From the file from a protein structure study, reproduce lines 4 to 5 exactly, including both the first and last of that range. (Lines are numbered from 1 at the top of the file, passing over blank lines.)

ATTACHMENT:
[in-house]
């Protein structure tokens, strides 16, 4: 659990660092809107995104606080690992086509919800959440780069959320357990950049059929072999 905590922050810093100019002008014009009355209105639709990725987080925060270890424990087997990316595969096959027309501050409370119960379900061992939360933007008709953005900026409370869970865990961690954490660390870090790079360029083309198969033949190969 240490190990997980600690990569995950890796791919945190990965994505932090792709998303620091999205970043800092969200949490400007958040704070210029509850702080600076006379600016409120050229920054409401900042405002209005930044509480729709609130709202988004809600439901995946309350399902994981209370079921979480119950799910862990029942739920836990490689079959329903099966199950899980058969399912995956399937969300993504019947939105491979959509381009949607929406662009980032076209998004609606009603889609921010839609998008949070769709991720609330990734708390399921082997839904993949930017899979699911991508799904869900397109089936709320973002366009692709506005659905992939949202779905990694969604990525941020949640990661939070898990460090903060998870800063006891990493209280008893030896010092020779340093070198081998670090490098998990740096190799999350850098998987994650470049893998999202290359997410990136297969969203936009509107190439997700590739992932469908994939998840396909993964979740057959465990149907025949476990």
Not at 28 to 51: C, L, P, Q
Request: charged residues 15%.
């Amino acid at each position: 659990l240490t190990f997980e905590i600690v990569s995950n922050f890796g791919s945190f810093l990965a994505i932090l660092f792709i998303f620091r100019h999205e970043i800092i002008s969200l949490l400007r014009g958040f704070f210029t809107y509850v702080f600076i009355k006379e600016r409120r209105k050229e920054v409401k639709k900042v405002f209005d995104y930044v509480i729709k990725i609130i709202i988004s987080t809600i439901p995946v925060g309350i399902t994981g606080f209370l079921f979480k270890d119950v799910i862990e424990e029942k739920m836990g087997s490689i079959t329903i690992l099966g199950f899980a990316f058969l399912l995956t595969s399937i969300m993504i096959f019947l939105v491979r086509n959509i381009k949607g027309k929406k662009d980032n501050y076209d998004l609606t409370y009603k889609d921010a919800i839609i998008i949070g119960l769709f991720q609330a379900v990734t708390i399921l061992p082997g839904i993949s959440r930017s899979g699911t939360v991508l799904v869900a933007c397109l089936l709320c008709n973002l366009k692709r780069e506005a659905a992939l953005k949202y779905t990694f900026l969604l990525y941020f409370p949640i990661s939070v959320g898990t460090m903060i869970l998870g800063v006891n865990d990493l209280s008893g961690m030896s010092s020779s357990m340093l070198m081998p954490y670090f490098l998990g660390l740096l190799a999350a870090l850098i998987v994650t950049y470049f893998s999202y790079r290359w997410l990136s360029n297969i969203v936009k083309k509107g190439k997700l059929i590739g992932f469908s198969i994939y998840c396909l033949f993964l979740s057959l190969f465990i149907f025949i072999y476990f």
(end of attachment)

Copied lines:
Request: charged residues 15%.
């Amino acid at each position: 659990l240490t190990f997980e905590i600690v990569s995950n922050f890796g791919s945190f810093l990965a994505i932090l660092f792709i998303f620091r100019h999205e970043i800092i002008s969200l949490l400007r014009g958040f704070f210029t809107y509850v702080f600076i009355k006379e600016r409120r209105k050229e920054v409401k639709k900042v405002f209005d995104y930044v509480i729709k990725i609130i709202i988004s987080t809600i439901p995946v925060g309350i399902t994981g606080f209370l079921f979480k270890d119950v799910i862990e424990e029942k739920m836990g087997s490689i079959t329903i690992l099966g199950f899980a990316f058969l399912l995956t595969s399937i969300m993504i096959f019947l939105v491979r086509n959509i381009k949607g027309k929406k662009d980032n501050y076209d998004l609606t409370y009603k889609d921010a919800i839609i998008i949070g119960l769709f991720q609330a379900v990734t708390i399921l061992p082997g839904i993949s959440r930017s899979g699911t939360v991508l799904v869900a933007c397109l089936l709320c008709n973002l366009k692709r780069e506005a659905a992939l953005k949202y779905t990694f900026l969604l990525y941020f409370p949640i990661s939070v959320g898990t460090m903060i869970l998870g800063v006891n865990d990493l209280s008893g961690m030896s010092s020779s357990m340093l070198m081998p954490y670090f490098l998990g660390l740096l190799a999350a870090l850098i998987v994650t950049y470049f893998s999202y790079r290359w997410l990136s360029n297969i969203v936009k083309k509107g190439k997700l059929i590739g992932f469908s198969i994939y998840c396909l033949f993964l979740s057959l190969f465990i149907f025949i072999y476990f």